jump to navigation [1]
jump to content [2]

Views of our office building

“Kuhnen & Wacker - IP Made in Germany“®

CONTINUITY, Quality And strategy...

... are the three pillars of one of the major Intellectual Property Law Firms in Germany.

With more than 40 years of experience in the field of Intellectual Property our firm has acquired an excellent international reputation. Our professional staff is specialized in intellectual property matters. Our target is our clients' successful exploitation of industrial property rights world-wide. We offer services in patents, utility models, designs and trade marks but also specialize in IP evaluation and in IP litigation including cross-border-injunction and licencing.

This website provides you with information about our firm, staff and up-to-date content about industrial property law matters and offers views of our historic office buildings.


  • January 2018:
    KUHNEN & WACKER has spent four decades refining its customer service into the premium offering it now is; its lawyers immerse themselves wholly in their clients’ markets – so that nothing lies outside their field of vision – and then provide swift, reliable, business-focused counsel. Whatever the issue, prosecution, licensing or enforcement, Christian Thomas has the skill set and requisite experience to sort it out. He is as artful filing applications before the German Patent and Trademark Office as he is pleading in court.

    (WTR 1000, the world's only independent multimedia publication dedicated exclusively to reporting on trademark issues for in-house and private pracitioners internationally)
    We hereby congratulate Dr. Ulrich C. Wagner, one of our Patent Attorneys, on passing the Master of Laws (LL.M.) exam on December 08, 2017. In addition to this achievement, he has been a member of the Committee on Patent and Utility Patent Law of the Chamber of Patent Attorneys since November 22, 2017, on which we cordially congratulate him as well. We share his delight at these achievements and wish him that he continues to practice his profession equally joyfully and successfully in the future.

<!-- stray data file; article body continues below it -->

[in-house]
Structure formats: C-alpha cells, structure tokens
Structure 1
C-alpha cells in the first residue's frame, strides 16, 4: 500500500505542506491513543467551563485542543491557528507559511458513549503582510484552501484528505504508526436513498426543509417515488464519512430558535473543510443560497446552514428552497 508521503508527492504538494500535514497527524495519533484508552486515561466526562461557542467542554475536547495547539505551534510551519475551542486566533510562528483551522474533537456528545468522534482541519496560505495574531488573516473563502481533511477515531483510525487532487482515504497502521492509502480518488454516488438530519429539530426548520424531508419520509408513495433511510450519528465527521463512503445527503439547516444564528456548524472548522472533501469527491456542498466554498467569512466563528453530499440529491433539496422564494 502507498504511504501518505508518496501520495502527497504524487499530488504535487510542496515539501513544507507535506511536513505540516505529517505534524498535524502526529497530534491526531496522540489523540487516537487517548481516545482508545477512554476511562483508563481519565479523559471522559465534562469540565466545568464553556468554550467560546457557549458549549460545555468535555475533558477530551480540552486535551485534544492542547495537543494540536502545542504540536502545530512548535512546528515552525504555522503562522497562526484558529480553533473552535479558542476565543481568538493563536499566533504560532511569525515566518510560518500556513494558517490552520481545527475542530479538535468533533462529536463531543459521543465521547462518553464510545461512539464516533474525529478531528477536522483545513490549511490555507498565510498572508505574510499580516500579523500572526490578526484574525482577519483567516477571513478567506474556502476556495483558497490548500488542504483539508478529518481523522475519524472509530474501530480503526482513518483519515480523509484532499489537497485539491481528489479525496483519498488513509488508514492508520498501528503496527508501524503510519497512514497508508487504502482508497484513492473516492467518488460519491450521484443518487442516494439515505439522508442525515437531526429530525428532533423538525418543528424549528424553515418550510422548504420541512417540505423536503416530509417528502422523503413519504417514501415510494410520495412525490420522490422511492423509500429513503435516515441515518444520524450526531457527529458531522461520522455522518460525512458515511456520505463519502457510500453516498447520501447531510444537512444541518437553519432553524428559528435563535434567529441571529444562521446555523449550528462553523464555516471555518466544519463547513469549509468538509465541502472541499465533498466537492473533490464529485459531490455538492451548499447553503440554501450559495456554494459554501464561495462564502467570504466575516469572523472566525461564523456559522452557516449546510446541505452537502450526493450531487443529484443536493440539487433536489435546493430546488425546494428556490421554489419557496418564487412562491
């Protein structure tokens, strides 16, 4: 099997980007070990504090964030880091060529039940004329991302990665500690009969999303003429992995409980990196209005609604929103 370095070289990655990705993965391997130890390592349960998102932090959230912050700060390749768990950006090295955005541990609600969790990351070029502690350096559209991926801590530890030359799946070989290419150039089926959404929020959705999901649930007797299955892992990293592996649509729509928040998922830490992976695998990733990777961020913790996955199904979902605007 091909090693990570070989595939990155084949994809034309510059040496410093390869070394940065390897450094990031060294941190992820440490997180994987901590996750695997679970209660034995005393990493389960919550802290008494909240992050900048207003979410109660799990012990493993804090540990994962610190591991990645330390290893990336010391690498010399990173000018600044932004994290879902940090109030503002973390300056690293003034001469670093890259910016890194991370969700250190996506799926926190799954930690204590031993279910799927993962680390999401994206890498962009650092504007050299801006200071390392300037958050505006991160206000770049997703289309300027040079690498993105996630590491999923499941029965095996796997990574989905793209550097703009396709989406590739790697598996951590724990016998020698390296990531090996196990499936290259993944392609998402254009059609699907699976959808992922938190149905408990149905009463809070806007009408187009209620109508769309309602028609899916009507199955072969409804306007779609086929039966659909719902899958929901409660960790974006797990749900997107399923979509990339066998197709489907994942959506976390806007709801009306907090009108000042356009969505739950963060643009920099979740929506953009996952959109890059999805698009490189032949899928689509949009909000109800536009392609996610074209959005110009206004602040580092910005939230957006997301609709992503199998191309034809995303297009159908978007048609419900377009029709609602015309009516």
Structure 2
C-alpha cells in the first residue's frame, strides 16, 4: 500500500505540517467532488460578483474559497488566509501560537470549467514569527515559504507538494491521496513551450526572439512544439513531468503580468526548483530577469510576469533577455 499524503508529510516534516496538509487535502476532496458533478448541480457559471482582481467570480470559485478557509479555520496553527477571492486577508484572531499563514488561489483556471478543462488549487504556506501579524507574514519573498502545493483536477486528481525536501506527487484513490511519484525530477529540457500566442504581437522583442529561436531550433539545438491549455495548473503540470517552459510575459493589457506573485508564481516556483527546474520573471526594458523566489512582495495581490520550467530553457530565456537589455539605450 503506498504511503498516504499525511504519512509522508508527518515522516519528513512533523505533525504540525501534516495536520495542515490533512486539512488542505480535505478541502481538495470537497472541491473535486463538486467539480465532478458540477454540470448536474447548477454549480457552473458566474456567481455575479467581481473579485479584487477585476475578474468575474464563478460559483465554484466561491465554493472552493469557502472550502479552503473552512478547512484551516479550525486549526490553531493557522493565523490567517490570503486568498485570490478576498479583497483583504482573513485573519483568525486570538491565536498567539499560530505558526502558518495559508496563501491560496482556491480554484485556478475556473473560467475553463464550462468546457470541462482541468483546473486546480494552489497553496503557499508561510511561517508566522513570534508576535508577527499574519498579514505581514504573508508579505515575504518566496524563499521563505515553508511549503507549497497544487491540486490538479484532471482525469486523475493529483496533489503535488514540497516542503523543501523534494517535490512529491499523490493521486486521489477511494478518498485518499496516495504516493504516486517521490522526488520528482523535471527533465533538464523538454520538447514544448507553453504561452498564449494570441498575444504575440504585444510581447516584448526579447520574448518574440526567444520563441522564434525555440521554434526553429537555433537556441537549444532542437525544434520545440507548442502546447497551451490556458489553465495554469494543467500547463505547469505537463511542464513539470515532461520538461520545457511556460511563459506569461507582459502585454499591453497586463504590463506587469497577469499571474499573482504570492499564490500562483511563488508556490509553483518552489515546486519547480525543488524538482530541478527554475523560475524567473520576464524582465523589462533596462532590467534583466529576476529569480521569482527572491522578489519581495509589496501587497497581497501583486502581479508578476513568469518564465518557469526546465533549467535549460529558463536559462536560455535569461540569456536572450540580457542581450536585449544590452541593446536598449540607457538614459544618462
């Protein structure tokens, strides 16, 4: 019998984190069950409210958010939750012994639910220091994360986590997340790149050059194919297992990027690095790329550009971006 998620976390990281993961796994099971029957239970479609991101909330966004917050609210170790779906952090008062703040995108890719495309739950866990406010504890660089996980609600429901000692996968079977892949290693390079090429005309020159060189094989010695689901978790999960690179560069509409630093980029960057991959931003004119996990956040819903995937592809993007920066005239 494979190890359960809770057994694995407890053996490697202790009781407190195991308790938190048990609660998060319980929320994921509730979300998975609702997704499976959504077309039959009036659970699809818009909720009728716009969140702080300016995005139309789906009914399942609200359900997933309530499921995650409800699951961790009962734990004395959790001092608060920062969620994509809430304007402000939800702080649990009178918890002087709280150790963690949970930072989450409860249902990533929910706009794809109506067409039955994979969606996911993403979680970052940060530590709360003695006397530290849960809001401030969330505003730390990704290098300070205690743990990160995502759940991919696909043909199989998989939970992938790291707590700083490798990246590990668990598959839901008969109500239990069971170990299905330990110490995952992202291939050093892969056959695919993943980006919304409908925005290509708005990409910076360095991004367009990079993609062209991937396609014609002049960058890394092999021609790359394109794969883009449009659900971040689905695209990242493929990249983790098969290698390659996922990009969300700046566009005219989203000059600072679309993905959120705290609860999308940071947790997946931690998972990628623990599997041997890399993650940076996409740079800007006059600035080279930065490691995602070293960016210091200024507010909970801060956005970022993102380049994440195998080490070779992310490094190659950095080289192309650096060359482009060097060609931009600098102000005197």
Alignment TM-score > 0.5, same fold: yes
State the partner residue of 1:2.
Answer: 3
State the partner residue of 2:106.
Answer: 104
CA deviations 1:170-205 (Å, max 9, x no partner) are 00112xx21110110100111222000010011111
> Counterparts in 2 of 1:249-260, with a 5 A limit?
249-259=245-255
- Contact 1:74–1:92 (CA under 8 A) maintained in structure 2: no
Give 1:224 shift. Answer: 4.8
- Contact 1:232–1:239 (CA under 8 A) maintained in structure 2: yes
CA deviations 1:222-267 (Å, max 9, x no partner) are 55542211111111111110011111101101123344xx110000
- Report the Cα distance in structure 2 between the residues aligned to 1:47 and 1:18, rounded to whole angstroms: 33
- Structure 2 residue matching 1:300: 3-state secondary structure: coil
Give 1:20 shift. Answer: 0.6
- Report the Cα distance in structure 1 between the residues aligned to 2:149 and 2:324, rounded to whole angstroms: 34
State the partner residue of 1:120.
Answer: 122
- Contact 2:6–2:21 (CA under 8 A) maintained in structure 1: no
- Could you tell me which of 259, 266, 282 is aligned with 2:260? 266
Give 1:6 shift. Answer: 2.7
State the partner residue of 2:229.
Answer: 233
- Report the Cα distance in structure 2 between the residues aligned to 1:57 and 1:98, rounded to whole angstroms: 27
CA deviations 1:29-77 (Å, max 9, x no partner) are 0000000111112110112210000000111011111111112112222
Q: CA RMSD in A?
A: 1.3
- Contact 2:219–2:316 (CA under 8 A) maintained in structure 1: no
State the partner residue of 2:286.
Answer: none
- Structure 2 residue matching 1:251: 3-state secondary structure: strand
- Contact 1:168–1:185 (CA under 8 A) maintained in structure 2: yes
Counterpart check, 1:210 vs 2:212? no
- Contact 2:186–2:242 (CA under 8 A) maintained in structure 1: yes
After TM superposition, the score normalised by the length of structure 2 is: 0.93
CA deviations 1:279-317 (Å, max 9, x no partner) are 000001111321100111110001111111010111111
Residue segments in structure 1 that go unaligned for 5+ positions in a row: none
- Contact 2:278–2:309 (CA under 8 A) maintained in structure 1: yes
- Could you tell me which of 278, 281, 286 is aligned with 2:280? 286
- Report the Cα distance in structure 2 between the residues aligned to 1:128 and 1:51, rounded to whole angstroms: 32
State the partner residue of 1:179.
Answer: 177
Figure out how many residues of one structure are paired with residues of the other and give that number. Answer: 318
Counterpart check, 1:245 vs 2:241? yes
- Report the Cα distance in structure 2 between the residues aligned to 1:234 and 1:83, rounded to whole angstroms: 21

• November 2017:
    Licensing best practice,
    Issue 69, World Trademark Review
  • October 2017:
    Proposed Structure of the Unified Patent Court,
    Patents in Europe 2018/2019, IAM
  • August 2017:

    As previously reported, an unnamed private individual filed this constitutional complaint (No. 2 BvR 739/17) with the Federal Constitutional Court of Germany (Bundesverfassungsgericht, BVerfG) shortly after the relevant UPC legislation was passed by the Bundesrat on 31 March 2017. The substantive challenge was accompanied by an application for provisional measures, which is still pending. Having noted that the challenge could not be found to be totally without merit from the outset, the BVerfG made an informal request to the Office of the President of the Republic to temporarily refrain from signing and submitting for publication the draft legislation, preventing it from coming into force until the application for provisional measures has been decided. Today, new details emerged regarding the grounds of the pending challenge to the constitutionality of the German legislation enabling the ratification of the Agreement on a Unified Patent Court (UPC).

    According to a spokesperson for the BVerfG, the challenge is based on grounds that the relevant legislation exceeds the limits on the transfer of sovereignty under the constitutional right to democracy derived from Art 38(1) of the Constitution of the Federal Republic of Germany (Grundgesetz, GG). The challenge asserts the following alleged breaches:

    • Breach of the requirement derived from Arts. 23(1) and 79(2) GG that the adoption of legislation amounting to a transfer of sovereign powers to European institutions must be decided by a qualified majority of two thirds of the Members of the Bundestag (German parliament) and the Bundesrat (Federal Council).
    • Democratic and rule of law deficits with regard to the legislative powers of the organs of the UPC.
    • Lack of independence and democratic legitimacy of the judges of the UPC.
    • Incompatibility of the UPC with EU law.

    Unfortunately, it is currently not foreseeable when the BVerfG will render its interim decision.

    Moreover, regarding the asserted incompatibility of the UPC with EU law, it may well be that the BVerfG will refer this question to the European Court of Justice in Luxembourg.

more News